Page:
(A) assess the effectiveness of the partnerships in supporting regional priorities relating to the management of common ocean and coastal areas; and

(B) submit to Congress a report on that assessment.

(2) REPORT REQUIREMENTS.—The report required under paragraph (1)(B) shall include the following:

(A) An assessment of the overall status of the work of the Regional Ocean Partnerships designated under subsection (b).

(B) An assessment of the effectiveness of the strategies that the Regional Ocean Partnerships are supporting or implementing and the extent to which the priority needs of the regions covered by such partnerships are being met through such strategies.

(C) Such recommendations as the Administrator may have for the improvement of efforts of the Regional Ocean Partnerships to support the purposes of this Act.

(D) An assessment of how the efforts of the Regional Ocean Partnerships support or enhance Federal and State efforts in line with the purposes of this Act.

(E) Recommendations for improvements to the collective strategies that support the purposes of this Act in coordination and consultation with all relevant Federal, State, and Tribal entities.

(g) Availability of Federal funds.—In addition to amounts made available to Regional Ocean Partnerships designated under subsection (b) by the Administrator under this section, the head of any other Federal agency may provide grants to, enter into contracts with, or otherwise provide funding to such partnerships.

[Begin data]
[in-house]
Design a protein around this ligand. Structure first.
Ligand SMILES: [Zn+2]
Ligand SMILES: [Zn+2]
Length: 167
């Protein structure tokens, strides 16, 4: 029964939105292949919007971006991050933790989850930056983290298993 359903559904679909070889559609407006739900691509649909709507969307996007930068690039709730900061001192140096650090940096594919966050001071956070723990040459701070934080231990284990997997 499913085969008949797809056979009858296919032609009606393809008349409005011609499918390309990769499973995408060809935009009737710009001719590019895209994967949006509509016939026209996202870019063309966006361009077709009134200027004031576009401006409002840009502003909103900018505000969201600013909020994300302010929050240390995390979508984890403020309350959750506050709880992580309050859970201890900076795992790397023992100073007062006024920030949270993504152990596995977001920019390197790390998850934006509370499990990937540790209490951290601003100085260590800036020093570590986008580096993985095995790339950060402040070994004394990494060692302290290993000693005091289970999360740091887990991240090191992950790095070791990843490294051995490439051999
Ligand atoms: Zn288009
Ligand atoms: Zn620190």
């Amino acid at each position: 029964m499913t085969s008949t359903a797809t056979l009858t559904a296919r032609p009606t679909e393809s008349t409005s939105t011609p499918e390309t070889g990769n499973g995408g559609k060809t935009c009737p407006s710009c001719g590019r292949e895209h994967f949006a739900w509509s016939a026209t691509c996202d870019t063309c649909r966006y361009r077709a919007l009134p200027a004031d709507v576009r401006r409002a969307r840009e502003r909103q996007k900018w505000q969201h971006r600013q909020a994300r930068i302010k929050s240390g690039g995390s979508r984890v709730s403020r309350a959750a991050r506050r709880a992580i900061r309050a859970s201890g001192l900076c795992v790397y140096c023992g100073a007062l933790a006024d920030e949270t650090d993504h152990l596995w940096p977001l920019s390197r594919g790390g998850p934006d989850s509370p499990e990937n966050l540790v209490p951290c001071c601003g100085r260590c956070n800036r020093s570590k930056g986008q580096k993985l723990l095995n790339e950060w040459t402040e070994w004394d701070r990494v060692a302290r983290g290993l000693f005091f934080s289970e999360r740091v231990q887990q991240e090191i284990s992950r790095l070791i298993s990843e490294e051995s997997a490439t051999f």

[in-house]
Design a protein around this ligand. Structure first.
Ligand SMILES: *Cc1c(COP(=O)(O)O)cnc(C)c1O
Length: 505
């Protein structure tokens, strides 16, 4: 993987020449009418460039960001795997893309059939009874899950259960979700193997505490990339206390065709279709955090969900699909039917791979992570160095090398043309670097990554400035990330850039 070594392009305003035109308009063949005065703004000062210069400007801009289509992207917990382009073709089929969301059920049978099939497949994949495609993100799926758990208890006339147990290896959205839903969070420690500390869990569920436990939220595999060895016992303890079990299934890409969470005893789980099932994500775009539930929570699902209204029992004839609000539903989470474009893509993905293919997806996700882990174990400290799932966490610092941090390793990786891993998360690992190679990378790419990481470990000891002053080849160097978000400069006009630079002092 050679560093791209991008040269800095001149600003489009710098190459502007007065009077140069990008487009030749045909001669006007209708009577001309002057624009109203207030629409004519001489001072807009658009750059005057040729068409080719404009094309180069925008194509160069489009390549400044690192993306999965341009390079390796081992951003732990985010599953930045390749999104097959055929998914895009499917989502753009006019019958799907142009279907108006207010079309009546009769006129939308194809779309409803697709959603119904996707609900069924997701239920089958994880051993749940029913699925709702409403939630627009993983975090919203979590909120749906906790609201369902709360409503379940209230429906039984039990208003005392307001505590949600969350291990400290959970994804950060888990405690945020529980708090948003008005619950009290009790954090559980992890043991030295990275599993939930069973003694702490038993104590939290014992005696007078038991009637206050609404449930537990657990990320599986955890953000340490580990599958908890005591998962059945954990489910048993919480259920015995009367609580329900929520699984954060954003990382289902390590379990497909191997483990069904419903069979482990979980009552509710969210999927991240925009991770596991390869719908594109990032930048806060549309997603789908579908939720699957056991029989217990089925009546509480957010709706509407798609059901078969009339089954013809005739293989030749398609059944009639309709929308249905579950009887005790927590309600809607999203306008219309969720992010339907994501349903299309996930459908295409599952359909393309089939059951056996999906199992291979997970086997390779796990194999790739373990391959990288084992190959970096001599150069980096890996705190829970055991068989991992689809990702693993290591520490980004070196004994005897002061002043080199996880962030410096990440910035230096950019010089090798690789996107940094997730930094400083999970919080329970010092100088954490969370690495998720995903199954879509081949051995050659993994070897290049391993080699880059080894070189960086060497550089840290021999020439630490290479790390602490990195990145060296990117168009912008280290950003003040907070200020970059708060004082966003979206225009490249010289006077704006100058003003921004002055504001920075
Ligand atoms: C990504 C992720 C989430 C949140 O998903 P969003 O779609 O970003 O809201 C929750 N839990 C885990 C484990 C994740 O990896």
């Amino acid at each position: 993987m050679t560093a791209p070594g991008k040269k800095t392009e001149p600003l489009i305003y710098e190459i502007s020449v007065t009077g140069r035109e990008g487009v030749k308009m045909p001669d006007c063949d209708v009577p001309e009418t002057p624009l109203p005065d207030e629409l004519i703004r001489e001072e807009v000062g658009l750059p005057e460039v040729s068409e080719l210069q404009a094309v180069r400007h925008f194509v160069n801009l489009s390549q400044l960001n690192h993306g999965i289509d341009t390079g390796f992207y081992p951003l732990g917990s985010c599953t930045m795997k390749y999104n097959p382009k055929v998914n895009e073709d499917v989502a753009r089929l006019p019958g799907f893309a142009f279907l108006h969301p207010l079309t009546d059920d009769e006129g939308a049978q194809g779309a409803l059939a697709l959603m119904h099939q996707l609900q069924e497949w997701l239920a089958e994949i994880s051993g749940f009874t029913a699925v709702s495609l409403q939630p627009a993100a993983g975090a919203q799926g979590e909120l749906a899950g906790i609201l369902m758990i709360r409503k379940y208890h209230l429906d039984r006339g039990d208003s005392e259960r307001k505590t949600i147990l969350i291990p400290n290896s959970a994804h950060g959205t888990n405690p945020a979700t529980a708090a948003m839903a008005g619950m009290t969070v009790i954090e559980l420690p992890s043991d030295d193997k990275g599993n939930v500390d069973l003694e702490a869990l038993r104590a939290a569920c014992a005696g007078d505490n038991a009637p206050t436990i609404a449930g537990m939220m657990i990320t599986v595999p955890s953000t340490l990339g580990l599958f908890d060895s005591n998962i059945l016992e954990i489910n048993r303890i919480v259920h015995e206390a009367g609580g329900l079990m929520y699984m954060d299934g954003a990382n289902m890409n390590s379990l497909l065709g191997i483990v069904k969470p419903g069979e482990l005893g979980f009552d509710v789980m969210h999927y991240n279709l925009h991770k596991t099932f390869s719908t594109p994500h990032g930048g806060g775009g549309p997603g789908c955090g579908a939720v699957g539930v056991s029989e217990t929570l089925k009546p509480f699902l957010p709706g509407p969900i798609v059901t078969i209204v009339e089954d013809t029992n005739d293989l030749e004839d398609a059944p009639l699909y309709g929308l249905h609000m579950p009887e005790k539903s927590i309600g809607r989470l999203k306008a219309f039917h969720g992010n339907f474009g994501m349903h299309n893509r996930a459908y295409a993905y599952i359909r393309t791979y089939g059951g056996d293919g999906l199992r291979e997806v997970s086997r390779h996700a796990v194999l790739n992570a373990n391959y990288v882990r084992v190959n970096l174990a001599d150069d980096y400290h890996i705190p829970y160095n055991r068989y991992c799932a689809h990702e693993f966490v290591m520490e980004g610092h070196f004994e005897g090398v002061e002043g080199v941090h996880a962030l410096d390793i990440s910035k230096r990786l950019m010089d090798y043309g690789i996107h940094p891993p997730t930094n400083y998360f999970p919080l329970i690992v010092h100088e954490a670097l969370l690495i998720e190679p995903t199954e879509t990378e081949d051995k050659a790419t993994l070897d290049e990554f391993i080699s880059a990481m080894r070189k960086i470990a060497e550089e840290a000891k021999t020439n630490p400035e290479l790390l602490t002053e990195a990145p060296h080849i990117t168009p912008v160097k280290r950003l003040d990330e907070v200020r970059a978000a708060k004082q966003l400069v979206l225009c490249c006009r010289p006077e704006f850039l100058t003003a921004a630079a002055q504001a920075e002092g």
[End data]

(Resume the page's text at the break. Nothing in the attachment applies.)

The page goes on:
(h) Authorities.—Nothing in this section establishes any new legal or regulatory authority of the National Oceanic and Atmospheric Administration or of the Regional Ocean Partnerships designated under subsection (b), other than—

(1) the authority of the Administrator to provide amounts to the partnerships; and

(2) the authority of the partnerships to provide grants and enter into contracts under subsection (e).

(i) Funding.—

(1) IN GENERAL.—Of amounts authorized to be appropriated to the National Oceanic and Atmospheric Administration, the Administrator may make the following amounts available to Regional Ocean Partnerships designated under subsection (b) or designated fiscal management entities of such partnerships to carry out activities of the partnerships under this Act:

(A) $10,000,000 for fiscal year 2021.

(B) $10,100,000 for fiscal year 2022.

(C) $10,202,000 for fiscal year 2023.

(D) $10,306,040 for fiscal year 2024.

(E) $10,412,160 for fiscal year 2025.

(F) $10,520,404 for fiscal year 2026.

(2) DISTRIBUTION OF AMOUNTS.—Amounts made available under paragraph (1) shall be divided evenly among the Regional Ocean Partnerships designated under subsection (b).

(3) AVAILABILITY OF AMOUNTS.—Amounts made available under paragraph (1) shall remain available until expended.

SEC. 1211. Increased coordination among agencies with respect to data and monitoring.

(a) Interagency Ocean Observation Committee.—In addition to its responsibilities as of the date of the enactment of this Act, and in consultation with the associated advisory committee authorized by section 12304(d) of the Integrated Coastal and Ocean Observation System Act of 2009 (33 U.S.C. 3603(d)), the Interagency Ocean Observation Committee shall—

(1) work with international coordinating bodies, as necessary, to ensure robust, direct measurements of the Great Lakes, oceans, bays, estuaries, and coasts, including oceanographic data;